"LET me first observe the appropriate indigenous protocols by recognising the traditional owners of the lands on which this particular event is taking place today."
These words have become common practice in indigenous affairs etiquette today. But are they token gestures, used by Government officials to cover the dismal picture of indigenous land justice in Victoria?
The Victorian Government has a shameful legacy in regard to indigenous land claims, and it still lacks the political will to deal with the matter in a fair and just manner. But the indigenous solidarity protest in Kings Domain that has continued since the Commonwealth Games has returned the issue of land justice to the public agenda.
The path to indigenous land justice in Victoria has been hard and the returns have been minuscule. In 2006, the status of indigenous land justice in Victoria is one that can be indicated with a dot on the map. Indigenous Victorians have been returned the derisory amount of less than a half of 1 per cent of their ancestral lands. Until the late 1990s, the amount of land held was 0.014 per cent. This has increased marginally in 2006, but the overall amount is still less than a half of 1 per cent.
This does not include the 2005 "consent agreement" reached by the claimants in the Mallee-Wimmera region, which the court states is "not a grant of native title". The agreement offers no ownership or exclusive rights over land and waters, and provides for no more say over its management than settler interests. The claimants' traditionally based rights to occupy, possess and enjoy the 2 per cent of their claim area along the Wimmera River have been normalised to the extent that their inherent rights to continue to camp, fish and enjoy the land and waters, as their ancestors did, are treated the same as those of other Victorians.
In exercising these rights, they will also be required to comply with the imported Anglo laws and regulations that govern these activities. Should there be any inconsistency between the native title rights of the claimants and the rights of other licence holders, the latter's rights prevail.
The question of whether this is land justice or continued dispossession by stealth is of critical importance.
The nature of the title and rights returned to Victoria's original owners by government grants, transfers and the purchase of land is worth noting. Most of the land has been returned under inalienable freehold title, including some small areas that contained Aboriginal cemeteries. Some of the land was granted and/or purchased on the condition that it is used for Aboriginal cultural purposes, and in all the lands acquired, the Crown retains certain rights and interests, including the right of veto over mining.
The lack of progress towards land justice in Victoria made by the Bracks Labor Government offers little joy to indigenous Victorians following the expressions of regret made by the last two Labor premiers, John Cain and Joan Kirner, during the reconciliation process. Regrets for not being able to do enough for indigenous Victorians during their period of office are fine sentiments, but their failure to deliver is our loss. Feelings of regret may well be exacerbated for the Bracks Government, which, unlike its predecessors, has the numbers and the power to deliver land justice to indigenous Victorians.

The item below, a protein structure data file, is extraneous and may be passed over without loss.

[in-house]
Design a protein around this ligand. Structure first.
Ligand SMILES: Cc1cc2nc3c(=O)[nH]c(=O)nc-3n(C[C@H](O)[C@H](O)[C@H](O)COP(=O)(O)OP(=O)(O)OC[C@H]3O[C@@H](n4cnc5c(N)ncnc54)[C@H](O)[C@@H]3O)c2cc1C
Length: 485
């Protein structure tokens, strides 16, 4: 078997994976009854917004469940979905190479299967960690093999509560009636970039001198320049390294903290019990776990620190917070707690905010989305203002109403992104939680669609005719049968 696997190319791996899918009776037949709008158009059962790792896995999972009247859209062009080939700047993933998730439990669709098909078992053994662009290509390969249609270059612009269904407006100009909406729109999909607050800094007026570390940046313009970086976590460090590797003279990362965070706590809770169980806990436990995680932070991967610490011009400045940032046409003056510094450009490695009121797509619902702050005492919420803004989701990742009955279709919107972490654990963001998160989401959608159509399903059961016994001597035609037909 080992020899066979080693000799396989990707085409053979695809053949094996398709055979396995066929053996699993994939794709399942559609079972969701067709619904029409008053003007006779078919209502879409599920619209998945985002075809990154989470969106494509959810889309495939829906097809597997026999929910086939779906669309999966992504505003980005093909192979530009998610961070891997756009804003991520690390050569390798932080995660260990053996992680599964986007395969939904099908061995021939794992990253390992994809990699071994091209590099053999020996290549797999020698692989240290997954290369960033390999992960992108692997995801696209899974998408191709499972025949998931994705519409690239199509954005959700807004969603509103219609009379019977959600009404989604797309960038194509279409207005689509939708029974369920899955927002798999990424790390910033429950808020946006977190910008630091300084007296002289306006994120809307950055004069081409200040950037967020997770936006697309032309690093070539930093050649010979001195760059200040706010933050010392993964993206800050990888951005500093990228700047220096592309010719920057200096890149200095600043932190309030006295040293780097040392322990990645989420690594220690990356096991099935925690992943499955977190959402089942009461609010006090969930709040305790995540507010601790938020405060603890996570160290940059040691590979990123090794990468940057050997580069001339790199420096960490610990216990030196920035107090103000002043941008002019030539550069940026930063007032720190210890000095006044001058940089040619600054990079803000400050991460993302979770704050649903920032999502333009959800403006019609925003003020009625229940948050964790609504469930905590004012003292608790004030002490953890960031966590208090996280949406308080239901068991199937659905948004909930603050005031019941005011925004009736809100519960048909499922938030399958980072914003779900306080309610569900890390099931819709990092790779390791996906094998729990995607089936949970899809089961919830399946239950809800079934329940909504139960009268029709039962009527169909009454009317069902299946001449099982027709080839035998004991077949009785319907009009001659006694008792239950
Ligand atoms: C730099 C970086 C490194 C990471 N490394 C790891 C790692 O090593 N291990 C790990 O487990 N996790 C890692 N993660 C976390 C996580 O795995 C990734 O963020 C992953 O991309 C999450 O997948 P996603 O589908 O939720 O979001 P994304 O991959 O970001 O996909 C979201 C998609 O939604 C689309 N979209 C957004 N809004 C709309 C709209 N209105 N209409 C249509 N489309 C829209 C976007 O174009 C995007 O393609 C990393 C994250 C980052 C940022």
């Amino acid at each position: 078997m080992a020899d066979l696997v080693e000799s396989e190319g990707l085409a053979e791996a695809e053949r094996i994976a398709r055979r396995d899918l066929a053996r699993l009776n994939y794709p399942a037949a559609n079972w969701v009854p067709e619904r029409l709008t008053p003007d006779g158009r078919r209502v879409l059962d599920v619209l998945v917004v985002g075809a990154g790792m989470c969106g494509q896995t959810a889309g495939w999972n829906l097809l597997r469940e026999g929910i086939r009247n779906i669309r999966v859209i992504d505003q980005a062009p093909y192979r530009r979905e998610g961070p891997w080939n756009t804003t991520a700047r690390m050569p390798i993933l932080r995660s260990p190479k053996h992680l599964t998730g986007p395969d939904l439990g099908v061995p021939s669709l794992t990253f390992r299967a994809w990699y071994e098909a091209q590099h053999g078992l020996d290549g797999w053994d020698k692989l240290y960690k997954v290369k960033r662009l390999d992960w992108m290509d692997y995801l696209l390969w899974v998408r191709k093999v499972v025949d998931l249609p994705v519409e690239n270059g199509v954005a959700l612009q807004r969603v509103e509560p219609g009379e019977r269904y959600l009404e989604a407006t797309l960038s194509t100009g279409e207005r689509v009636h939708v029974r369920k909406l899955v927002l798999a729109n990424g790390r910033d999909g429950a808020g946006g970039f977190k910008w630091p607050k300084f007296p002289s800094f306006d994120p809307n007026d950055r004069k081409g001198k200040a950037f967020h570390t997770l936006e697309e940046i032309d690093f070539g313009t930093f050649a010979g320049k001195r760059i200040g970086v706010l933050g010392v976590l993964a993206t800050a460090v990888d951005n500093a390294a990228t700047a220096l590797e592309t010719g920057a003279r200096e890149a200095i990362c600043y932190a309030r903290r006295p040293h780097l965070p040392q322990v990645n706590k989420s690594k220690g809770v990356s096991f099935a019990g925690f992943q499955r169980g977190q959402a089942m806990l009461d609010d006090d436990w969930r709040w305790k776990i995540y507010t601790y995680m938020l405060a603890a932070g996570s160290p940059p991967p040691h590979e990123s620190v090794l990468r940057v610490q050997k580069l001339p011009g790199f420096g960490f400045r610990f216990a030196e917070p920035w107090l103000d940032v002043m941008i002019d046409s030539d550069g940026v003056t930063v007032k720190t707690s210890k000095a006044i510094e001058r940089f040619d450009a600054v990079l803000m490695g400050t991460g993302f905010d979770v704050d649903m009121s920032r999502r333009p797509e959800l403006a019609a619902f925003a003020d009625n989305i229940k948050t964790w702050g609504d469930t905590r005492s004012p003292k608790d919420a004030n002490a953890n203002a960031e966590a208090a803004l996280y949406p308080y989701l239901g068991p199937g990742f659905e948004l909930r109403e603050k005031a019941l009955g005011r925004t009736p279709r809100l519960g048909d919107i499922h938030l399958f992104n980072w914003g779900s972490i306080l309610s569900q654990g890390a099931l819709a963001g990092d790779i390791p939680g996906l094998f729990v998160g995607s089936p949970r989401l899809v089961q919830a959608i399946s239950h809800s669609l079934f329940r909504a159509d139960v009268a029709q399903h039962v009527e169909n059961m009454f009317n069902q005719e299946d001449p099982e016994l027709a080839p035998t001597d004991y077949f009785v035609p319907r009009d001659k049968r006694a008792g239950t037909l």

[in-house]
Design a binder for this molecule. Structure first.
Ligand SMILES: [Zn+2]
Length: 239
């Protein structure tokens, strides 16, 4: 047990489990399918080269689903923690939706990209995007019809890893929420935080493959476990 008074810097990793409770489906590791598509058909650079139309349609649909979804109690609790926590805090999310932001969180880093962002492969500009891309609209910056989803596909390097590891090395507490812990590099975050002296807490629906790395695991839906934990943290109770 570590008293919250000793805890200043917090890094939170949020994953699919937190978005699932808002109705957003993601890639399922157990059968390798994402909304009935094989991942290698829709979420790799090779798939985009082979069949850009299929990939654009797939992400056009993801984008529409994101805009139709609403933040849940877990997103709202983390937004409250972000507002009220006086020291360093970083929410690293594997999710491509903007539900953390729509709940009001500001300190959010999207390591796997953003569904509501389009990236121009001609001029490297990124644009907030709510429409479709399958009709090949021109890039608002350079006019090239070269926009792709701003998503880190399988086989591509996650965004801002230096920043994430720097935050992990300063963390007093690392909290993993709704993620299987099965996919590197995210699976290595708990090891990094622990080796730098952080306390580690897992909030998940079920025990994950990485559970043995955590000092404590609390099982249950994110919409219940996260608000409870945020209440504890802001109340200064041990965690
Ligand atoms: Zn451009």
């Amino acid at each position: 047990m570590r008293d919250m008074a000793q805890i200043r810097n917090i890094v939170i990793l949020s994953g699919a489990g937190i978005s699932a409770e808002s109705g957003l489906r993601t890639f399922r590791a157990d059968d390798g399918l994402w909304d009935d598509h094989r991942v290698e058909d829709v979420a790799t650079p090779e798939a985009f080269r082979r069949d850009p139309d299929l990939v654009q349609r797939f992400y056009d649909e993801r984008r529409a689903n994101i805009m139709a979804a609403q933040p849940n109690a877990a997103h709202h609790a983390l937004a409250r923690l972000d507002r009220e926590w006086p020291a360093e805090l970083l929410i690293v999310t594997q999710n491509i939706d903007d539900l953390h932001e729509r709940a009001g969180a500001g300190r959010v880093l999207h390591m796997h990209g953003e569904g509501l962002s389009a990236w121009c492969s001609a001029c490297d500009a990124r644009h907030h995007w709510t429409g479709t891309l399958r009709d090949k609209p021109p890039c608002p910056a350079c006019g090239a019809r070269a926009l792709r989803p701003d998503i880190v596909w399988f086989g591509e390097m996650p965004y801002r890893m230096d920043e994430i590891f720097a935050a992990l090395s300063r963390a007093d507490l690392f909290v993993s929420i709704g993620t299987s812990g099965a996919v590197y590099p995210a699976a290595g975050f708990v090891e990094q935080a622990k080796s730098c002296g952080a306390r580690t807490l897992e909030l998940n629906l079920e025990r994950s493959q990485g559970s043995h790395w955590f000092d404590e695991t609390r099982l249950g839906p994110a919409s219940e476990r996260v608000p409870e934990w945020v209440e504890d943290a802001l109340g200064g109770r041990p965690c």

Added to this rather embarrassing track record is that Victoria is the only state, apart from Western Australia, that has not introduced a formal statewide land claims process for indigenous claimants.
All other states and territories, including Tasmania, have introduced land claims processes that allow indigenous claimants to achieve some degree of land justice on the basis of traditional and historic connections and on the basis of the need for land.
Cain's commitments to land justice in
the early 1980s had some success but his attempts to introduce a state land claims process, the Aboriginal Land Claims Bill of 1983, failed because he did not have the numbers in the upper house a privilege that the present Government has. Whether this Government is morally and politically committed to rectifying the legacy of dispossession remains at the front of the unfinished business agenda.
The cultural heritage draft document of 2005 and its attempts to undermine the rights of ownership and control of cultural heritage by indigenous Victorians has already met strong opposition from traditional owners. But Victorian Aboriginal Affairs Minister Gavin Jennings' ability to achieve greater positive social, cultural and economic outcomes for indigenous Victorians is exemplified in a radio interview in which he said that "he is prepared to roll up his sleeves and get a bit of dirt on his hands". An obvious step would be to set up a land claims process that will allow for a lot more dirt to be restored to Victoria's traditional owners than has been the case so far. Taking away or diminishing any of those hard-fought cultural heritage reforms that Kooris achieved in the 1980s will produce negative rather than positive outcomes for indigenous Victorians.
Attorney-General Rob Hulls seems to go much further by acknowledging the legacy of dispossession. In his talk at the announcement of the Wimmera determination last December, Hulls admitted that: "We are complicit in this atrocity, unless we can return autonomy and integrity to our relationships and reunite grieving custodians with the home lands they so love." Fine sentiments again, but matching the rhetoric with the political action required to rectify complicity and to alleviate feelings of grief are the moral and political challenges that confront the Government and indigenous claimants in 2006.
Dr Wayne Atkinson-Yorta Yorta is a senior lecturer in indigenous studies at the University of Melbourne and was a principal claimant in the Yorta Yorta native title case (1994-2002).